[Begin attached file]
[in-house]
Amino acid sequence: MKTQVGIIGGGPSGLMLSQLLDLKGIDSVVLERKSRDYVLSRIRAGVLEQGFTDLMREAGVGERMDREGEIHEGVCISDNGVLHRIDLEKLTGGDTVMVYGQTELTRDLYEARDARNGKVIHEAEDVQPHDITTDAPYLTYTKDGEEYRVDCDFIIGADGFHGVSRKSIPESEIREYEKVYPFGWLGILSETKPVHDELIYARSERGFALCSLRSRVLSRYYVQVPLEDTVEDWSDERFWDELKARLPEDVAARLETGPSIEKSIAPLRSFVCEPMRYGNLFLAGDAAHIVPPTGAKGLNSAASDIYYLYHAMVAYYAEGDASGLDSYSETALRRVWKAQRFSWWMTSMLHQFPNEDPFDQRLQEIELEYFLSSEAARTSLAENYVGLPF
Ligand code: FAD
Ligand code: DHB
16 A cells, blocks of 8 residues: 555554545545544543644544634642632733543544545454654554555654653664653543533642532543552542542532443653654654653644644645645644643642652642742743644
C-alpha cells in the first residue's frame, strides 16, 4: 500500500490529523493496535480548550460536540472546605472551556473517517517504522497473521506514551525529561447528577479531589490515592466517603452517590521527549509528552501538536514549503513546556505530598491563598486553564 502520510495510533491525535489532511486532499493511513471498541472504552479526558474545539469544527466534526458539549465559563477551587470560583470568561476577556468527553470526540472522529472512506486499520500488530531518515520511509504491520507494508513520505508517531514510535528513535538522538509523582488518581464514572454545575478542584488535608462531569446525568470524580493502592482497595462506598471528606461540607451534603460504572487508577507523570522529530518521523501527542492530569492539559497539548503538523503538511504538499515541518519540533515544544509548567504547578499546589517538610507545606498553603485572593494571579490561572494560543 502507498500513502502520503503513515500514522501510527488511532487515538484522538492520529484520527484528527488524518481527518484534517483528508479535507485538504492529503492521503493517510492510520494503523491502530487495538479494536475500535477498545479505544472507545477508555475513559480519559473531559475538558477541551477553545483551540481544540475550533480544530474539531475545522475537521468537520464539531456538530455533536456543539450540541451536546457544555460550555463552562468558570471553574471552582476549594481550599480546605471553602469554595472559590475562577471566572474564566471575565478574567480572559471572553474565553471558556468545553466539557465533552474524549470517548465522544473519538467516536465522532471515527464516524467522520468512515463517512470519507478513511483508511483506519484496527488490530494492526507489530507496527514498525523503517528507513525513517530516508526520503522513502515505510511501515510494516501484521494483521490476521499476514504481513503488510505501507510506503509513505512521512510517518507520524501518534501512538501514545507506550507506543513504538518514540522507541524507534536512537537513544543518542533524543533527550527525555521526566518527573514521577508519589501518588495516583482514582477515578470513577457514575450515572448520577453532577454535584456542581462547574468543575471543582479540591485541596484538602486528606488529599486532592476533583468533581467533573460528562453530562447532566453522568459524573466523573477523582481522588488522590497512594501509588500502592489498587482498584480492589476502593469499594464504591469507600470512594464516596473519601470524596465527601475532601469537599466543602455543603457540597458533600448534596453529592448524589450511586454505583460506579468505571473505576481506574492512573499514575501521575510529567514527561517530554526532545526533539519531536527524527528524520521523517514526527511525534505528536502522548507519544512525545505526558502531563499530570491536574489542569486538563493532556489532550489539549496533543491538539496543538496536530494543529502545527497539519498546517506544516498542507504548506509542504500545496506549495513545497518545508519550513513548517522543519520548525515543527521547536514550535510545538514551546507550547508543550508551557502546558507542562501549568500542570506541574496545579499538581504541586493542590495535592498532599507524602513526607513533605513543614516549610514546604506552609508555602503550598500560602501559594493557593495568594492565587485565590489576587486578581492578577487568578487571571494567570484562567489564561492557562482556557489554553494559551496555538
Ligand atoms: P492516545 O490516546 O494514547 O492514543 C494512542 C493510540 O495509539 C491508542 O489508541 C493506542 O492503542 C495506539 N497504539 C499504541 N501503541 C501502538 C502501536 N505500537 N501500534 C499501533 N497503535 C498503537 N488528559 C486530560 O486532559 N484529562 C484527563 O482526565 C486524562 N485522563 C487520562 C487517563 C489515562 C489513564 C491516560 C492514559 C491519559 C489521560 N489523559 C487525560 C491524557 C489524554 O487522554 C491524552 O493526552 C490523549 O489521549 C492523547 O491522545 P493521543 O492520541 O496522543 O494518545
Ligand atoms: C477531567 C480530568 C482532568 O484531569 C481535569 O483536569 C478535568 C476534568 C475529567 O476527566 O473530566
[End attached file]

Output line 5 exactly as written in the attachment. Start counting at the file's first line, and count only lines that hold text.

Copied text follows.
16 A cells, blocks of 8 residues: 555554545545544543644544634642632733543544545454654554555654653664653543533642532543552542542532443653654654653644644645645644643642652642742743644